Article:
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Exploring Large XML/XBRL Documents with XMLSpy


Last week, while giving a demo of the new XBRL capabilities in the Altova MissionKit, we stumbled across an interesting question: What is the best way for a semi-technical SME (in this case a CPA) to navigate a large XML/XBRL document for data entry? XMLSpy, which is included in the MissionKit tool suite, has a lot of cool features and different views for XML data, including the ever-popular grid view for visualizing the hierarchical structure of an instance document in a graphical manner. The ability to easily expand and collapse containers and drag and drop to change position makes XMLSpy’s grid view a pretty good choice for the task.  XMLSpy grid view Of course let’s not forget that the XMLSpy XML editor also has a Find feature that would enable users to simply press Ctrl F or use the Find in Files window to find any element that they are looking for… but alas, in the case of XBRL, where element names are mindbogglingly verbose, this may be a challenge. Consider, for example, the US-GAAP’s aptly named <us-gaap:IncomeLossFromContinuingOperationsBeforeIncomeTaxesMinorityInterestAnd IncomeLossFromEquityMethodInvestments>. Not so much fun to type into a Find dialog… Our solution, therefore, and the winner for the easiest and most comprehensive way for even a non-technical user to find XML elements in a large document, utilizes a combination of longstanding XMLSpy features (the XPath Analyzer window) and a new feature in XMLSpy v2009, XPath auto-completion. Simply begin typing the element name in the XPath Analyzer window, and XMLSpy will show you all of the possibilities. Next, choose the one you are looking for, and XMLSpy will navigate directly to that node in the XML document.   xpath auto-completion in XMLSpy   Now that was easy! And better yet, you get to tell your friends that you know XPath. 😉 Of course, for developers, intelligent XPath auto-completion provides a lot more than the ability to find a node quickly. As you type, it provides you with valid XPath functions, as well as element and attribute names from the associated schema and XML instance(s). XMLSpy accounts for namespaces when listing options and even provides deep path suggestions when the required node is not in close proximity to the current context. XMLSpy is available standalone or as part of the award-winning MissionKit tool suite.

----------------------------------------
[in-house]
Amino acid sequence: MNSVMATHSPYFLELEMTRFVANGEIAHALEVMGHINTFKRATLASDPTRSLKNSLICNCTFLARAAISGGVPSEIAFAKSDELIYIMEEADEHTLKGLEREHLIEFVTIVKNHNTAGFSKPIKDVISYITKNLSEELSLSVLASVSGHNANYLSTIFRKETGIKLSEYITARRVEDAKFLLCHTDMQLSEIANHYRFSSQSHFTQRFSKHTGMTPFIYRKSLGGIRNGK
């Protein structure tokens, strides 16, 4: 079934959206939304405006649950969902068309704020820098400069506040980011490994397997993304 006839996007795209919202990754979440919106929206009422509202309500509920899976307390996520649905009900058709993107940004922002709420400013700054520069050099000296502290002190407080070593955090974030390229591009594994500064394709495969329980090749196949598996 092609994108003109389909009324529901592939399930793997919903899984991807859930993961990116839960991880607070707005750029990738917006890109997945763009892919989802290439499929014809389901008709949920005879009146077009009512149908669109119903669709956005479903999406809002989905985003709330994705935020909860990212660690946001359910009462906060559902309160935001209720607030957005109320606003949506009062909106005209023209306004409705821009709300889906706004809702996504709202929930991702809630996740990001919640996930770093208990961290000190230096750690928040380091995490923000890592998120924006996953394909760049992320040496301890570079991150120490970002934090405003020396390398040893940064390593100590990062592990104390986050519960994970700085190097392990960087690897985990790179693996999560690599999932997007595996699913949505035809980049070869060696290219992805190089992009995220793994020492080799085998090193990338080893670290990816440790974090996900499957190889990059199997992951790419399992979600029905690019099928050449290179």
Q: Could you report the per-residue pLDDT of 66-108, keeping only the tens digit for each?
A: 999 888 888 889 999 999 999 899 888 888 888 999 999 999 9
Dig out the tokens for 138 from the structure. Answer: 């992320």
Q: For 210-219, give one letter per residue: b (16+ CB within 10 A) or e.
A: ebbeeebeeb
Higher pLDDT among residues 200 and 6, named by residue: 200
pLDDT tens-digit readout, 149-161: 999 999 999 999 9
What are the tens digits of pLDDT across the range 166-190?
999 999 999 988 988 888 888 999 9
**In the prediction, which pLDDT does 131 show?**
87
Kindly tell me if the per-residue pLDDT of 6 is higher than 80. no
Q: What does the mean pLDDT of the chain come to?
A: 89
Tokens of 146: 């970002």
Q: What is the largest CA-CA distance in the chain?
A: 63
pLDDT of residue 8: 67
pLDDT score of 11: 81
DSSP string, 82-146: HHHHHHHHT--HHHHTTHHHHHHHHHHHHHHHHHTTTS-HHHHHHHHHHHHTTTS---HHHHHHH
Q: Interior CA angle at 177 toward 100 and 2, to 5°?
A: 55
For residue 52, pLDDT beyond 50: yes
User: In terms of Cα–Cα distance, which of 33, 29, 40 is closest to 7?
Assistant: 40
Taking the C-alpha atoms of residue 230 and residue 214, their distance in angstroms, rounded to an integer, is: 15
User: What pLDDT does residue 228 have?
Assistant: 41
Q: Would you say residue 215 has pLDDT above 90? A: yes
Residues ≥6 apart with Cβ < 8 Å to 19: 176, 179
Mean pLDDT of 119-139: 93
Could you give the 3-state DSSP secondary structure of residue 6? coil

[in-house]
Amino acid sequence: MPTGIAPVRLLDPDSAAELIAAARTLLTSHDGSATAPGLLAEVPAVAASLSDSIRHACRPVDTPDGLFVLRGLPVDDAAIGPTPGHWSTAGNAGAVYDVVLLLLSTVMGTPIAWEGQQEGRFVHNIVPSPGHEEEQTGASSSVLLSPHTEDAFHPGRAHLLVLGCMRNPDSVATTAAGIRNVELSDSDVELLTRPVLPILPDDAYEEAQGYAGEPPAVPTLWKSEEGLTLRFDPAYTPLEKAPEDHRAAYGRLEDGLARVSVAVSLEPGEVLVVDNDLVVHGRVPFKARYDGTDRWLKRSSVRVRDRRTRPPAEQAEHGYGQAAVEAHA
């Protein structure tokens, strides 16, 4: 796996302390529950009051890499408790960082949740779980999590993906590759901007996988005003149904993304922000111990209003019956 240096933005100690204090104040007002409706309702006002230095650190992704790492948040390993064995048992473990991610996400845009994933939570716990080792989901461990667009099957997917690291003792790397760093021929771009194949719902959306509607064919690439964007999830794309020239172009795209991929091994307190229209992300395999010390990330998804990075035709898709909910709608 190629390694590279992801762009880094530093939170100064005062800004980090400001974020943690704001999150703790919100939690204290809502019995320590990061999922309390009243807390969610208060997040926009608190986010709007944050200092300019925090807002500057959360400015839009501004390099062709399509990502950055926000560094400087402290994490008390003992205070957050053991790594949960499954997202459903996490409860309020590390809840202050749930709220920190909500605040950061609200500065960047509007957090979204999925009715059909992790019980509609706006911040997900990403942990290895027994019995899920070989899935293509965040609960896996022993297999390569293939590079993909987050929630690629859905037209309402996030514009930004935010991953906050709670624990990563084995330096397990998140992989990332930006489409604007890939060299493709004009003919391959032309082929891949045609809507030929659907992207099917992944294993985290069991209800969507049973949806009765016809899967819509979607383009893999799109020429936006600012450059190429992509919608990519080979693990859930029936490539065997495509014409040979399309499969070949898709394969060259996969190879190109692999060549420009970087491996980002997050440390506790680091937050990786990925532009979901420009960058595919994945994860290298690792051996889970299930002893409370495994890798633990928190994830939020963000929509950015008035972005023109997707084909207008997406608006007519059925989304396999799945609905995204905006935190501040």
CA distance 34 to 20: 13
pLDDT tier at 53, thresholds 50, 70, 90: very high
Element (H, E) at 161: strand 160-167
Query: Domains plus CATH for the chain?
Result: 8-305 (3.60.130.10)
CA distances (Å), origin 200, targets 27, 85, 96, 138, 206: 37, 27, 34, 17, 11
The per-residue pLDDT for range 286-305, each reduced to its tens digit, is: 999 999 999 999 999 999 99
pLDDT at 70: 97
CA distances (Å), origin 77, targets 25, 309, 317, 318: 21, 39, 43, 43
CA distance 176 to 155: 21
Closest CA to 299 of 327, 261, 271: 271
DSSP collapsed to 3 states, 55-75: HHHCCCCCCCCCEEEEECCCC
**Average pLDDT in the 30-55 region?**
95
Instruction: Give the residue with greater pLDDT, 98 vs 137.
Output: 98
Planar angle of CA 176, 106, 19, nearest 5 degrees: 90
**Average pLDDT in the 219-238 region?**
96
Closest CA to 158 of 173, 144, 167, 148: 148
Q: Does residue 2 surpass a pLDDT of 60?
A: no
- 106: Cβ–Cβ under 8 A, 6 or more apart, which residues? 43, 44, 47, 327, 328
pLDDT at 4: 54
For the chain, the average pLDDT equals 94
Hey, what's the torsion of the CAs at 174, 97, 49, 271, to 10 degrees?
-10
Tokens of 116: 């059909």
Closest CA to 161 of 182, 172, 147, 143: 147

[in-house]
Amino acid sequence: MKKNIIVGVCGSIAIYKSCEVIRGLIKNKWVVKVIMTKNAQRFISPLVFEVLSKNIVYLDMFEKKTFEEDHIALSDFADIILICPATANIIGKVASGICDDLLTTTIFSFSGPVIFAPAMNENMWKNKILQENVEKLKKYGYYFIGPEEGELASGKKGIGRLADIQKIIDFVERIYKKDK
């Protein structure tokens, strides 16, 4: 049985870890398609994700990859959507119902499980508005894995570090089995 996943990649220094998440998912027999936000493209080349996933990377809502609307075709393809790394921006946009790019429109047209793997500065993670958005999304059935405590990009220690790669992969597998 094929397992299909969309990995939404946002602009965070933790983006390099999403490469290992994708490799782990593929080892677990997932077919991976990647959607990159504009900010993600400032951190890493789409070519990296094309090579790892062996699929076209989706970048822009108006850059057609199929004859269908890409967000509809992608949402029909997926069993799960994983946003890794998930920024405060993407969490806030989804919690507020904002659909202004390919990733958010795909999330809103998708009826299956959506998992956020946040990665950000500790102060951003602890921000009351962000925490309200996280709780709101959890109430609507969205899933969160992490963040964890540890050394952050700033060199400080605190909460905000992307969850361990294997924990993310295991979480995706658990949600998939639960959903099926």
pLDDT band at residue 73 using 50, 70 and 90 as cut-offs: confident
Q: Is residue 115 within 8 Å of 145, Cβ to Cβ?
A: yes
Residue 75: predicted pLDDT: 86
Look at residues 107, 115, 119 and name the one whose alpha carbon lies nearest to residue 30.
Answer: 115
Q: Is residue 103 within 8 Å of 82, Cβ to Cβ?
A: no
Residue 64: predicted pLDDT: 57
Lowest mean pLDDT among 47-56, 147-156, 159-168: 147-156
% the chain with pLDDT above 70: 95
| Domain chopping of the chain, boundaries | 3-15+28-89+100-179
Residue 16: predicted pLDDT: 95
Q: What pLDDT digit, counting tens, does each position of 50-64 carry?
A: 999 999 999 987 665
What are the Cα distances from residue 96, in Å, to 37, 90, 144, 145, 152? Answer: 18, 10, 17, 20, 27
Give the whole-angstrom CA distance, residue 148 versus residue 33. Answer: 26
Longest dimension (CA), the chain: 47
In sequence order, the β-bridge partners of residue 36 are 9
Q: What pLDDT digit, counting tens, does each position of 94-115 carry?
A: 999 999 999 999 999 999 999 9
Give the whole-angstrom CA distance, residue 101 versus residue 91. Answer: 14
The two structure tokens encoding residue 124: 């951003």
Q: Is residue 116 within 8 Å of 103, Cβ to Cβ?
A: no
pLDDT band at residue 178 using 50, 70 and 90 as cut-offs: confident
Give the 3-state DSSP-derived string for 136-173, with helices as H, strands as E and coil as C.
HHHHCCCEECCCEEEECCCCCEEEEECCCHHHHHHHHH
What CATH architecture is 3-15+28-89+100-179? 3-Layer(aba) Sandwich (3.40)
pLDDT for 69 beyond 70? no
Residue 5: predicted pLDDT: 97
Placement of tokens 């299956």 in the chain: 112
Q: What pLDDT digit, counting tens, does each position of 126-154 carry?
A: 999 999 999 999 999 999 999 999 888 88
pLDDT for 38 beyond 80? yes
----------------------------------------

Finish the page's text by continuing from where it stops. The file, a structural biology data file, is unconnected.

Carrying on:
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Teach DiffDog a New Trick


Teach DiffDog a New Trick You can easily train DiffDog, Altova’s diff/merge tool for files, directories, and databases, to correctly interpret new file types. For instance, more and more file standards are taking advantage of the Zip compression format to deliver entire sets of files in a single convenient package. Let’s say you want to use DiffDog to examine and compare files created by Google Earth that are saved in .kmz archives. When you initially open a folder containing .kmz documents, then attempt to compare two files in a DiffDog document window, DiffDog reports the .kmz files contain binary content: Diff merge tool DiffDog message All you have to do is add the .kmz file extension in the File Types tab of the DiffDog Options dialog: DiffDog tools and options And click the Zip conformant radio button to assign the correct behavior: Compare zip archives Now that DiffDog understands the .kmz file extension is a Zip archive, it expands the Directory compare window to list all the component files. Compare directories You can see differences inside the archives. When you double-click any file pair, DiffDog automatically fetches them from the Zip archives and presents them for interactive editing in a new File Compare window. However, some of the file types enclosed in the Zip archive are also unknown. We learned from reading the XML Aficionado blog entry on Google Earth and XMLSpy that .kml files are an open XML-based standard for geo-spatial information. We can add .kml to DiffDog files types and specify XML-conformant syntax coloring: XML syntax coloring Now DiffDog displays the files with syntax coloring and we can apply all the DiffDog XML-aware differencing functionality. DiffDog  file compare If you dig deeper into the .kmz archive, you’ll discover .dae files are also XML-based. After you add .dae to the DiffDog files list and set it as XML-compliant, give yourself a treat! Compare .dae   DiffDog is available as a standalone tool or as part of the Altova MissionKit tool suite. The recently released DiffDog Version 2009 added powerful database content diff/merge capabilities – take a free trial for a walk around the block.